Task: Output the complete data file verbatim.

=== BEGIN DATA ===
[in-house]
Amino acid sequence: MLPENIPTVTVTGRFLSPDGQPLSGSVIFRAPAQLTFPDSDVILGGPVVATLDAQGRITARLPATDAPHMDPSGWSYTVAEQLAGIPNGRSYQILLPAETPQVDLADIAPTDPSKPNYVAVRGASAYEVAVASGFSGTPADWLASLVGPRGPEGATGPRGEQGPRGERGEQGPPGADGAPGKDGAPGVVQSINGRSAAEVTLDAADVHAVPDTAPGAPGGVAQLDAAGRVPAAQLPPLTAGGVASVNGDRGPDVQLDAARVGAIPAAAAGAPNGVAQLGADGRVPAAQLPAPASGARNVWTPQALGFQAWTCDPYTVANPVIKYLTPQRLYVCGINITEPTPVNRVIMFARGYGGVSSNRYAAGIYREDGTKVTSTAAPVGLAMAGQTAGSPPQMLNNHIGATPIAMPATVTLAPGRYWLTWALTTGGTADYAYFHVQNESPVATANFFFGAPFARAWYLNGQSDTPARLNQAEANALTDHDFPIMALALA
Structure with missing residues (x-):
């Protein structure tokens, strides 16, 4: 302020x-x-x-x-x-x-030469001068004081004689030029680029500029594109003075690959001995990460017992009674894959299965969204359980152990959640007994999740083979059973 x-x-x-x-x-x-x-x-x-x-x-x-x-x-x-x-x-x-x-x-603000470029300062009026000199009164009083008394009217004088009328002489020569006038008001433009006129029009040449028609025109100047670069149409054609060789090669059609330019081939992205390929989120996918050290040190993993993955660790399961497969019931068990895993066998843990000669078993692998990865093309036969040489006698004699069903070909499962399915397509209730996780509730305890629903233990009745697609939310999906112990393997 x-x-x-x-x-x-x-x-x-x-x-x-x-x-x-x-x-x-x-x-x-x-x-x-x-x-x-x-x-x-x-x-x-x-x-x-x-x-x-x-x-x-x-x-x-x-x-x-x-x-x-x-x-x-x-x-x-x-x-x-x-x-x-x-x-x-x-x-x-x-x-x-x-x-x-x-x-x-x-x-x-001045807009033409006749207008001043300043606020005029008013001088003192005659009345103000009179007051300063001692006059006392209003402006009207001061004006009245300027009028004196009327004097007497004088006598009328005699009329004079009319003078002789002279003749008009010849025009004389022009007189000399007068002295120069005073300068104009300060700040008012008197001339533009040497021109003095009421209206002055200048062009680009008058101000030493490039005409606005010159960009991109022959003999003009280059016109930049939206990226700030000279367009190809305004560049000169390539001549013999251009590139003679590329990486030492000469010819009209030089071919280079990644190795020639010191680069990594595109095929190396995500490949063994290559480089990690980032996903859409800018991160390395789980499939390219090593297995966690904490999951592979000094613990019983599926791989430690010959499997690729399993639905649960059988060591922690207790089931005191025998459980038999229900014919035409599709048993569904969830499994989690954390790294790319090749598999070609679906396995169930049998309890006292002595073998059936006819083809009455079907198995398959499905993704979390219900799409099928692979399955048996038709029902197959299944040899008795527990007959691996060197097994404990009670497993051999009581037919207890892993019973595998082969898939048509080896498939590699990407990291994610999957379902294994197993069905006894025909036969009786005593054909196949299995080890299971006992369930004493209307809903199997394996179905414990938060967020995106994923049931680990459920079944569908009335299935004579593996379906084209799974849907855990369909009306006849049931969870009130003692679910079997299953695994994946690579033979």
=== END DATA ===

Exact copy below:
[in-house]
Amino acid sequence: MLPENIPTVTVTGRFLSPDGQPLSGSVIFRAPAQLTFPDSDVILGGPVVATLDAQGRITARLPATDAPHMDPSGWSYTVAEQLAGIPNGRSYQILLPAETPQVDLADIAPTDPSKPNYVAVRGASAYEVAVASGFSGTPADWLASLVGPRGPEGATGPRGEQGPRGERGEQGPPGADGAPGKDGAPGVVQSINGRSAAEVTLDAADVHAVPDTAPGAPGGVAQLDAAGRVPAAQLPPLTAGGVASVNGDRGPDVQLDAARVGAIPAAAAGAPNGVAQLGADGRVPAAQLPAPASGARNVWTPQALGFQAWTCDPYTVANPVIKYLTPQRLYVCGINITEPTPVNRVIMFARGYGGVSSNRYAAGIYREDGTKVTSTAAPVGLAMAGQTAGSPPQMLNNHIGATPIAMPATVTLAPGRYWLTWALTTGGTADYAYFHVQNESPVATANFFFGAPFARAWYLNGQSDTPARLNQAEANALTDHDFPIMALALA
Structure with missing residues (x-):
């Protein structure tokens, strides 16, 4: 302020x-x-x-x-x-x-030469001068004081004689030029680029500029594109003075690959001995990460017992009674894959299965969204359980152990959640007994999740083979059973 x-x-x-x-x-x-x-x-x-x-x-x-x-x-x-x-x-x-x-x-603000470029300062009026000199009164009083008394009217004088009328002489020569006038008001433009006129029009040449028609025109100047670069149409054609060789090669059609330019081939992205390929989120996918050290040190993993993955660790399961497969019931068990895993066998843990000669078993692998990865093309036969040489006698004699069903070909499962399915397509209730996780509730305890629903233990009745697609939310999906112990393997 x-x-x-x-x-x-x-x-x-x-x-x-x-x-x-x-x-x-x-x-x-x-x-x-x-x-x-x-x-x-x-x-x-x-x-x-x-x-x-x-x-x-x-x-x-x-x-x-x-x-x-x-x-x-x-x-x-x-x-x-x-x-x-x-x-x-x-x-x-x-x-x-x-x-x-x-x-x-x-x-x-001045807009033409006749207008001043300043606020005029008013001088003192005659009345103000009179007051300063001692006059006392209003402006009207001061004006009245300027009028004196009327004097007497004088006598009328005699009329004079009319003078002789002279003749008009010849025009004389022009007189000399007068002295120069005073300068104009300060700040008012008197001339533009040497021109003095009421209206002055200048062009680009008058101000030493490039005409606005010159960009991109022959003999003009280059016109930049939206990226700030000279367009190809305004560049000169390539001549013999251009590139003679590329990486030492000469010819009209030089071919280079990644190795020639010191680069990594595109095929190396995500490949063994290559480089990690980032996903859409800018991160390395789980499939390219090593297995966690904490999951592979000094613990019983599926791989430690010959499997690729399993639905649960059988060591922690207790089931005191025998459980038999229900014919035409599709048993569904969830499994989690954390790294790319090749598999070609679906396995169930049998309890006292002595073998059936006819083809009455079907198995398959499905993704979390219900799409099928692979399955048996038709029902197959299944040899008795527990007959691996060197097994404990009670497993051999009581037919207890892993019973595998082969898939048509080896498939590699990407990291994610999957379902294994197993069905006894025909036969009786005593054909196949299995080890299971006992369930004493209307809903199997394996179905414990938060967020995106994923049931680990459920079944569908009335299935004579593996379906084209799974849907855990369909009306006849049931969870009130003692679910079997299953695994994946690579033979």